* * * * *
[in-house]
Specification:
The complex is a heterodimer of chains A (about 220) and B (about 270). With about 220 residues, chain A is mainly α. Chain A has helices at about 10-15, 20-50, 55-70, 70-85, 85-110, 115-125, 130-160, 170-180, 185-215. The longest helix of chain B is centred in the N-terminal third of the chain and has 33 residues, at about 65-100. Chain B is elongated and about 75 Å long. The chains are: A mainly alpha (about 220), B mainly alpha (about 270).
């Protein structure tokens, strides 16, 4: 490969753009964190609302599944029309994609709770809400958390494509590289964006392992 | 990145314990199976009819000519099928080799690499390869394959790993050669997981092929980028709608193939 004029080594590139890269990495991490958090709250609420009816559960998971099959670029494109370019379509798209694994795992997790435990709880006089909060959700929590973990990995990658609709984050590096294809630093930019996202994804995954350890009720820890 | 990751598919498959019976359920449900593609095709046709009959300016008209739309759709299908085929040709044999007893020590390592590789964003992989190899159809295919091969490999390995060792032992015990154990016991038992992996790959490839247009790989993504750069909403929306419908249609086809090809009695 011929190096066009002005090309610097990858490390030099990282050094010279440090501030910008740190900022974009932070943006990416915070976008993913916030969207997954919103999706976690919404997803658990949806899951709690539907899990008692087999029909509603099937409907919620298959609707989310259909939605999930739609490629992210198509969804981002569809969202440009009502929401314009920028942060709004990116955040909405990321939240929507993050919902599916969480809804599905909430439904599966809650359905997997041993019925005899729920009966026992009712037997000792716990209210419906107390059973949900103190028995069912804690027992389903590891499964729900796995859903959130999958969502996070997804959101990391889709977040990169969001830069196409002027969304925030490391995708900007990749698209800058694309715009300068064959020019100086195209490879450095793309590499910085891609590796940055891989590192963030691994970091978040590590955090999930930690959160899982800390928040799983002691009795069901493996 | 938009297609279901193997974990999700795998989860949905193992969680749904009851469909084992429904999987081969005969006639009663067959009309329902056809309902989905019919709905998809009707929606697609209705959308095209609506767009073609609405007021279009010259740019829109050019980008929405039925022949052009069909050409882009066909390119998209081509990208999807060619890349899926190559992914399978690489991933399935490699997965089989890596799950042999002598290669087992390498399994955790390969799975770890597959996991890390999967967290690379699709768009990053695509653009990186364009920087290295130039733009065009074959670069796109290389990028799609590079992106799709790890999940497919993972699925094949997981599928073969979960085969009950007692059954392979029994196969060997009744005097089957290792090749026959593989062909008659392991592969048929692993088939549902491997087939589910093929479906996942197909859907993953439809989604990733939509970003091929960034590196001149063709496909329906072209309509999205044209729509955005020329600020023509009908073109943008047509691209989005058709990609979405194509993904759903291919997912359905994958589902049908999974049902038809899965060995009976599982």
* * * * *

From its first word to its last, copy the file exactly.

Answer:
[in-house]
Specification:
The complex is a heterodimer of chains A (about 220) and B (about 270). With about 220 residues, chain A is mainly α. Chain A has helices at about 10-15, 20-50, 55-70, 70-85, 85-110, 115-125, 130-160, 170-180, 185-215. The longest helix of chain B is centred in the N-terminal third of the chain and has 33 residues, at about 65-100. Chain B is elongated and about 75 Å long. The chains are: A mainly alpha (about 220), B mainly alpha (about 270).
């Protein structure tokens, strides 16, 4: 490969753009964190609302599944029309994609709770809400958390494509590289964006392992 | 990145314990199976009819000519099928080799690499390869394959790993050669997981092929980028709608193939 004029080594590139890269990495991490958090709250609420009816559960998971099959670029494109370019379509798209694994795992997790435990709880006089909060959700929590973990990995990658609709984050590096294809630093930019996202994804995954350890009720820890 | 990751598919498959019976359920449900593609095709046709009959300016008209739309759709299908085929040709044999007893020590390592590789964003992989190899159809295919091969490999390995060792032992015990154990016991038992992996790959490839247009790989993504750069909403929306419908249609086809090809009695 011929190096066009002005090309610097990858490390030099990282050094010279440090501030910008740190900022974009932070943006990416915070976008993913916030969207997954919103999706976690919404997803658990949806899951709690539907899990008692087999029909509603099937409907919620298959609707989310259909939605999930739609490629992210198509969804981002569809969202440009009502929401314009920028942060709004990116955040909405990321939240929507993050919902599916969480809804599905909430439904599966809650359905997997041993019925005899729920009966026992009712037997000792716990209210419906107390059973949900103190028995069912804690027992389903590891499964729900796995859903959130999958969502996070997804959101990391889709977040990169969001830069196409002027969304925030490391995708900007990749698209800058694309715009300068064959020019100086195209490879450095793309590499910085891609590796940055891989590192963030691994970091978040590590955090999930930690959160899982800390928040799983002691009795069901493996 | 938009297609279901193997974990999700795998989860949905193992969680749904009851469909084992429904999987081969005969006639009663067959009309329902056809309902989905019919709905998809009707929606697609209705959308095209609506767009073609609405007021279009010259740019829109050019980008929405039925022949052009069909050409882009066909390119998209081509990208999807060619890349899926190559992914399978690489991933399935490699997965089989890596799950042999002598290669087992390498399994955790390969799975770890597959996991890390999967967290690379699709768009990053695509653009990186364009920087290295130039733009065009074959670069796109290389990028799609590079992106799709790890999940497919993972699925094949997981599928073969979960085969009950007692059954392979029994196969060997009744005097089957290792090749026959593989062909008659392991592969048929692993088939549902491997087939589910093929479906996942197909859907993953439809989604990733939509970003091929960034590196001149063709496909329906072209309509999205044209729509955005020329600020023509009908073109943008047509691209989005058709990609979405194509993904759903291919997912359905994958589902049908999974049902038809899965060995009976599982």